Sit, lay, jump, run, bend over or turn your head - without the spine this would not be possible. The central axis of our body allows for movements and activities in various directions, while ensuring stability.
One of nature's perfect sophisticated structural designs of bones, ligaments, tendons, muscles, and nerves ensures that the multi-functional, multi-talented spine optimally fulfils all of these tasks.
The spine consists of 24 vertebrae which can be divided into three sections: the cervical spine with seven cervical vertebrae, the thoracic spine with 12 thoracic vertebrae and the lumbar spine with five lumbar vertebrae. Below, follow the sacrum and coccyx built up from a total of nine vertebrae. At the age between 20 and 25 these nine vertebrae will fuse together and form one single bone.
Mobility & stability
The intervertebral discs lie between the vertebrae and connect them to the characteristic double-S shape. They have a gelatinous, soft, water-rich core which is coated by a cartilaginous fibre ring. This structure allows for the complex movements of the spine. In addition the discs can absorb shocks and prevent the bones from rubbing against each other. Muscles and ligaments provide for stability and controlled movement. They are attached at the two transverse processes and the spinous process.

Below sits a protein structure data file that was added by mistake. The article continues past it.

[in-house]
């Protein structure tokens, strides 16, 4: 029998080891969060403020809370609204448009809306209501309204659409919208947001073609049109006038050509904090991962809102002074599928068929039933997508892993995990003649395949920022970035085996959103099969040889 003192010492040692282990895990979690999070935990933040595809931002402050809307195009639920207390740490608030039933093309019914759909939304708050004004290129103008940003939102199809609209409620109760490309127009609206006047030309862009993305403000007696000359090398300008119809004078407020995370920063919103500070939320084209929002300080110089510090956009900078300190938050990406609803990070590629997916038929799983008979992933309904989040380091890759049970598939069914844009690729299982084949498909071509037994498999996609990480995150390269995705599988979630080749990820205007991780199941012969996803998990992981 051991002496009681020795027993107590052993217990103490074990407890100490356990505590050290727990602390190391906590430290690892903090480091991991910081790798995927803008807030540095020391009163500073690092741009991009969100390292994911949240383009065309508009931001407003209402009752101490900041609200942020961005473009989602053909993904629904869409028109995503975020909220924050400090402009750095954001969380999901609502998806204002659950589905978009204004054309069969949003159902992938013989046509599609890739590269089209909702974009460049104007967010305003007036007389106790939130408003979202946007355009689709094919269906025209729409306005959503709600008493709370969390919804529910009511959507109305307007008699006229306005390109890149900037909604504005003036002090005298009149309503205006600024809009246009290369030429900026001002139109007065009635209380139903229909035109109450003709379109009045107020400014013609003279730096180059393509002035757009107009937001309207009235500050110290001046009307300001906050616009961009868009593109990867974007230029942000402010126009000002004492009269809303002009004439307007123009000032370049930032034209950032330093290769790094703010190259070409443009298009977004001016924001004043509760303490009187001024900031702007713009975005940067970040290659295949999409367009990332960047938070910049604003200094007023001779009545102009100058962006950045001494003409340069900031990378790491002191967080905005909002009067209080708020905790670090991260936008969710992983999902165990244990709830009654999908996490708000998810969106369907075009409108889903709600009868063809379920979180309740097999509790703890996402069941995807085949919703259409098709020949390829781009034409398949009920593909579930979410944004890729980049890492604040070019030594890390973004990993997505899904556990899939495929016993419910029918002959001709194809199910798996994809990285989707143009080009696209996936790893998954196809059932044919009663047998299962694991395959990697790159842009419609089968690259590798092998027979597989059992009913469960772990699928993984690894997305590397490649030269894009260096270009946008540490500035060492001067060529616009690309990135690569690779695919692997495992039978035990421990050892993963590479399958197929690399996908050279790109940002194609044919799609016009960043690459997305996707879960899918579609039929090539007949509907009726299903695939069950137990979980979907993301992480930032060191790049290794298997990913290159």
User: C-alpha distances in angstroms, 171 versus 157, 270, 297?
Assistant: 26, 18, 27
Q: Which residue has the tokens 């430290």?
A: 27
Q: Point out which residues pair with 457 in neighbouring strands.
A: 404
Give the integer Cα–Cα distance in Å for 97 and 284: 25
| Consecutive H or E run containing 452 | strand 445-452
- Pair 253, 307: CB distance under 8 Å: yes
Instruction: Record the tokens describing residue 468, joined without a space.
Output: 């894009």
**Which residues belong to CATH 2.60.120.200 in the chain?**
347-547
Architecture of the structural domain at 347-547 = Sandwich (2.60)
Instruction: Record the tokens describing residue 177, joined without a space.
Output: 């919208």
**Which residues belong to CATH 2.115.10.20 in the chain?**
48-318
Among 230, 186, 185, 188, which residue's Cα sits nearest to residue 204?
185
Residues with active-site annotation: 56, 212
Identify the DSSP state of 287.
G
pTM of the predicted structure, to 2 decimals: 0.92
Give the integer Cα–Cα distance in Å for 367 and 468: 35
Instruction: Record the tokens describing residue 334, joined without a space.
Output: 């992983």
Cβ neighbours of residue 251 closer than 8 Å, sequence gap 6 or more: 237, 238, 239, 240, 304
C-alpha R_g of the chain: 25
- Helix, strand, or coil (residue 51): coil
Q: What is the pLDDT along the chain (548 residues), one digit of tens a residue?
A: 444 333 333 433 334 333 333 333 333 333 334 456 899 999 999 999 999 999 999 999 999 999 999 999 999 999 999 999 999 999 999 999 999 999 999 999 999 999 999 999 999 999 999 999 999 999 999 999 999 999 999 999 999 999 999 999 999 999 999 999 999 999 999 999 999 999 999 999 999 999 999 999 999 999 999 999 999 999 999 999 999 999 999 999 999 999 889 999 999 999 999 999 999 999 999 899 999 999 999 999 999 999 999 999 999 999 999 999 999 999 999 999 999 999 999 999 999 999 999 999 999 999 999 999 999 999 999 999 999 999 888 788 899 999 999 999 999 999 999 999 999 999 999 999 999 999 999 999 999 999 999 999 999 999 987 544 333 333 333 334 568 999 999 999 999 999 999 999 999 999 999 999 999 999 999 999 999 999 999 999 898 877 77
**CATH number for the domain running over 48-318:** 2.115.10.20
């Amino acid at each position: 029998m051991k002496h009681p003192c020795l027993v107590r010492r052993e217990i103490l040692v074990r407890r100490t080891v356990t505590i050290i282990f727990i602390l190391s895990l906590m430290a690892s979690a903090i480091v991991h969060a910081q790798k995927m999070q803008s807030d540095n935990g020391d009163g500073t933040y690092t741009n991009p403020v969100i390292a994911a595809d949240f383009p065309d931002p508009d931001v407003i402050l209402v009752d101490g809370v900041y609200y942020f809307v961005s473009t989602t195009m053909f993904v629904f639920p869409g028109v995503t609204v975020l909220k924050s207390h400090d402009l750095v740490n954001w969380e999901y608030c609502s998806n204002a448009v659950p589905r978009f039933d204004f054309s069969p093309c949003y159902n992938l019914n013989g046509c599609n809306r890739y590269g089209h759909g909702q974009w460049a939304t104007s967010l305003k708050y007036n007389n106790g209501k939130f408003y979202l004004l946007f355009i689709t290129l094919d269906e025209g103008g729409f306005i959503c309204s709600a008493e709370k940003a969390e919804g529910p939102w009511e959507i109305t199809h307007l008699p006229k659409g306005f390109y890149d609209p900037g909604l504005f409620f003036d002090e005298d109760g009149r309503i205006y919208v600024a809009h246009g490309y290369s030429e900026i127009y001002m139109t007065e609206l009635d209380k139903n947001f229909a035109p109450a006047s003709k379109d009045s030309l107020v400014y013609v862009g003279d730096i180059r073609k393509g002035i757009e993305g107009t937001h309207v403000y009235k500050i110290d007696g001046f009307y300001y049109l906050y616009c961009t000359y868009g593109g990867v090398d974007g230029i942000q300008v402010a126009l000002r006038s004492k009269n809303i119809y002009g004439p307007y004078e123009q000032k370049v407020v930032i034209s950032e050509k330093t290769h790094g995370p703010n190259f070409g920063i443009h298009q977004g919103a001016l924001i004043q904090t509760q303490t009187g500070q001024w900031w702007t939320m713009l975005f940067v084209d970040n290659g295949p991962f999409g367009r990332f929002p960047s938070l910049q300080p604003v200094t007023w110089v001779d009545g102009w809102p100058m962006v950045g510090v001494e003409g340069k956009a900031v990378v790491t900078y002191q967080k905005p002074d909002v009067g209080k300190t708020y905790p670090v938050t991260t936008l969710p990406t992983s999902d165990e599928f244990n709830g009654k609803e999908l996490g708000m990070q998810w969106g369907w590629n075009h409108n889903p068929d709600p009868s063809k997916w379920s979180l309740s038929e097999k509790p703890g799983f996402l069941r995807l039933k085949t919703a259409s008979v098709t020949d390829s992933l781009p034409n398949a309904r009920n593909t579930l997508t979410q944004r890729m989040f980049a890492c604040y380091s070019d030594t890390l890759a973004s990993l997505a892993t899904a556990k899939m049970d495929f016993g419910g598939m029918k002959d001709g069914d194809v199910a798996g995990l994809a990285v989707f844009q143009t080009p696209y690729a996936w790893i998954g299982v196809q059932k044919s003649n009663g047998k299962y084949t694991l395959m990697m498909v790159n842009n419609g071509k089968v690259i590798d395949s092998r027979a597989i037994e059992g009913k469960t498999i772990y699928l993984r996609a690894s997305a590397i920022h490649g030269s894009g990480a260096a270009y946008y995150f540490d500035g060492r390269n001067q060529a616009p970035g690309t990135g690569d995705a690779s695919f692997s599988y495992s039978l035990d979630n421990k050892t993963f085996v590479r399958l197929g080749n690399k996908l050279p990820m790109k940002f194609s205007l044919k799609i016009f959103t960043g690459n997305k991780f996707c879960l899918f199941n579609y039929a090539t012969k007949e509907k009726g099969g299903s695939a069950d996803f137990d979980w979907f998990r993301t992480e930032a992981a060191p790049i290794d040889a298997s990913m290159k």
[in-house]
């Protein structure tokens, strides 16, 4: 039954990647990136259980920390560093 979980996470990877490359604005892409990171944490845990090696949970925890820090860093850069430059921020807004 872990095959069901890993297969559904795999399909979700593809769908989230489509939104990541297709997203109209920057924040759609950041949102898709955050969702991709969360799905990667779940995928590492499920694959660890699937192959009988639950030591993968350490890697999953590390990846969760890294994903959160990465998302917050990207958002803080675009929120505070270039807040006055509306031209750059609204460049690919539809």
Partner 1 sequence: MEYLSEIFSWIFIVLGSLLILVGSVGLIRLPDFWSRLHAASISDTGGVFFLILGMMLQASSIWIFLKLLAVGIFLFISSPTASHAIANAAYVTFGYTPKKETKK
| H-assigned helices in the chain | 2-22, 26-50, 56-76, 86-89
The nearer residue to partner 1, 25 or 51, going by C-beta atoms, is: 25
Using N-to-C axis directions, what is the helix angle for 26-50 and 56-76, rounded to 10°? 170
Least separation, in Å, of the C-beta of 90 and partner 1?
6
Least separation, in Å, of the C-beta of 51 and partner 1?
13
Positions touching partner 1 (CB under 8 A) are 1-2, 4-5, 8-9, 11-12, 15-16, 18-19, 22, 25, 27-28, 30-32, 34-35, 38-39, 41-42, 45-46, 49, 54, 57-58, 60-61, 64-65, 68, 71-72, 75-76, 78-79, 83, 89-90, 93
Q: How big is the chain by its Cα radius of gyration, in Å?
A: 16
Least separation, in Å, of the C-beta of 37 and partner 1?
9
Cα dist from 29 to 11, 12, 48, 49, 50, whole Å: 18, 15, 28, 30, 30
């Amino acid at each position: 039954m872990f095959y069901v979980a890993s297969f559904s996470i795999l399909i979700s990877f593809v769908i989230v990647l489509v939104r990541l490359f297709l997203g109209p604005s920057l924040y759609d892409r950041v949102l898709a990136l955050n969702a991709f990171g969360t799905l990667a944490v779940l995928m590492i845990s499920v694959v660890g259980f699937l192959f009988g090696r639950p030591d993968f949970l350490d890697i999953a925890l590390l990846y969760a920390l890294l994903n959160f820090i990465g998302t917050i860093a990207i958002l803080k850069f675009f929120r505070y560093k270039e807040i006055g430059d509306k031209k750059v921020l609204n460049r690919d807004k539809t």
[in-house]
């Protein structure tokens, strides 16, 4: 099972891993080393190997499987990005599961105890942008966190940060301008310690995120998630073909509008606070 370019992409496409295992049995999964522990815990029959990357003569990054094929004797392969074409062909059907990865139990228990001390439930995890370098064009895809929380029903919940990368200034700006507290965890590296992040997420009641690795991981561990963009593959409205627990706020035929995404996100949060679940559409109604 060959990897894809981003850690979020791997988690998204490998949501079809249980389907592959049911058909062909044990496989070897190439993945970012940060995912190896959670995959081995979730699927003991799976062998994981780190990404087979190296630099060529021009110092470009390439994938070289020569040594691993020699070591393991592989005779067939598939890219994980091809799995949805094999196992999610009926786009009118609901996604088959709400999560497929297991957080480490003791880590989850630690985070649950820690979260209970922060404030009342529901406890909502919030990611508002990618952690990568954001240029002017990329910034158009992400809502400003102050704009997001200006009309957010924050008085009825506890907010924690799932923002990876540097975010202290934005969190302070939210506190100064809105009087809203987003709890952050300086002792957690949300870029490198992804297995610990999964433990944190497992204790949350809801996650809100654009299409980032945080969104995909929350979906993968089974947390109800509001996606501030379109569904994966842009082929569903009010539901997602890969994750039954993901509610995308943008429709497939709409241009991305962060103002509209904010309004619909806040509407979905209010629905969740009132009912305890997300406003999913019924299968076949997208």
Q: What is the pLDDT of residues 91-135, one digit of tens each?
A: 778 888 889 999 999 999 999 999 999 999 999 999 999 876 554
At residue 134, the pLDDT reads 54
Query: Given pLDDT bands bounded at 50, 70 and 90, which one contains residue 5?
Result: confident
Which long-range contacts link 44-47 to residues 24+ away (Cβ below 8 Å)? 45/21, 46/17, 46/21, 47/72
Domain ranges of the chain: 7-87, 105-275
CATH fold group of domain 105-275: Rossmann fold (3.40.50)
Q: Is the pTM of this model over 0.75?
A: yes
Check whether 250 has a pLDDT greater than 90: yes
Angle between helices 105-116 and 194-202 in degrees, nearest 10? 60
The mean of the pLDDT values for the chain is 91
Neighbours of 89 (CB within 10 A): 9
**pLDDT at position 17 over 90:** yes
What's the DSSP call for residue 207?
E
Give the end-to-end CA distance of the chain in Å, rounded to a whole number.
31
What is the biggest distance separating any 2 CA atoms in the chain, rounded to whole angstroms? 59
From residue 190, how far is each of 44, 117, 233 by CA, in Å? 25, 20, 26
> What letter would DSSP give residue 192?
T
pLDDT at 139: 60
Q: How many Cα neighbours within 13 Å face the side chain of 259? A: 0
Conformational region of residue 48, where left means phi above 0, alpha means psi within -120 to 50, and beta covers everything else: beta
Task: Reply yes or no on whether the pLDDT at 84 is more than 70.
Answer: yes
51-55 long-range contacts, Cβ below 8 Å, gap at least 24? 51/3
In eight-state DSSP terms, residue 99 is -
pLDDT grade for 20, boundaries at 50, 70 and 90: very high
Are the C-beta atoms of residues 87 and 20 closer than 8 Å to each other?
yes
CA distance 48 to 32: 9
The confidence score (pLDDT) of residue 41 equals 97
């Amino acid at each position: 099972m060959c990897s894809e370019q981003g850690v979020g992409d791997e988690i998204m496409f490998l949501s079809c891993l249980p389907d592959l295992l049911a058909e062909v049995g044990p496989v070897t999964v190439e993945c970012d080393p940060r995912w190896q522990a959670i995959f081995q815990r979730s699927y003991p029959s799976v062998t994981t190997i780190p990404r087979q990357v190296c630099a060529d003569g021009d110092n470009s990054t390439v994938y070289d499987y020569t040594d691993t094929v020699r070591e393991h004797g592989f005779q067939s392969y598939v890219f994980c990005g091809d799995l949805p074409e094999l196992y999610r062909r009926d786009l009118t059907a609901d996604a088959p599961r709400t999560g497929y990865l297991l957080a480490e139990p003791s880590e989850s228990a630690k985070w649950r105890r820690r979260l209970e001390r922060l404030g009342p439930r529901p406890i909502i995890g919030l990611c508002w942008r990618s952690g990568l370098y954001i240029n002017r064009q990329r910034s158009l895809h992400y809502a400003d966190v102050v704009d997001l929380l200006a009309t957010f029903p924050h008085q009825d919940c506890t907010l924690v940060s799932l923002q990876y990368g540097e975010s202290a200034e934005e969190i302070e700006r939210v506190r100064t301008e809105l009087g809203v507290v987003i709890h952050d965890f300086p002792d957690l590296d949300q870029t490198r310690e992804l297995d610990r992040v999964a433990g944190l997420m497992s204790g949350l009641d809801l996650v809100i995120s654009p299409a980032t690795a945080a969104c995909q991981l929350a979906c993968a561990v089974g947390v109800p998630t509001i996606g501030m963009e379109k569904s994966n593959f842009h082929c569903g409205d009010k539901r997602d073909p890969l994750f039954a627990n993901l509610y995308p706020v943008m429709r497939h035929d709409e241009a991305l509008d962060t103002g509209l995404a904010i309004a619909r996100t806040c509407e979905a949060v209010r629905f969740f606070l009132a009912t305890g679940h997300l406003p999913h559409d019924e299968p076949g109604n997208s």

Protection for sensitive nerves
A vertebra consists of an anterior solid vertebral body and the posterior vertebral arch with the facet joints and vertebral processes. The vertebral bodies act as the load carrier while, the vertebral arches form a protective canal where the spinal cord passes. Between each two vertebrae there is an intervertebral foramen, through which the spinal nerves exit to the left and right, thus leaving the area protected.
This finely tuned, multi-function system of mobility, stability and protection is exposed to various stresses in everyday life. Normal aging or accidents can cause functional damages to the spine. Immobility, pain and neurological symptoms may then occur.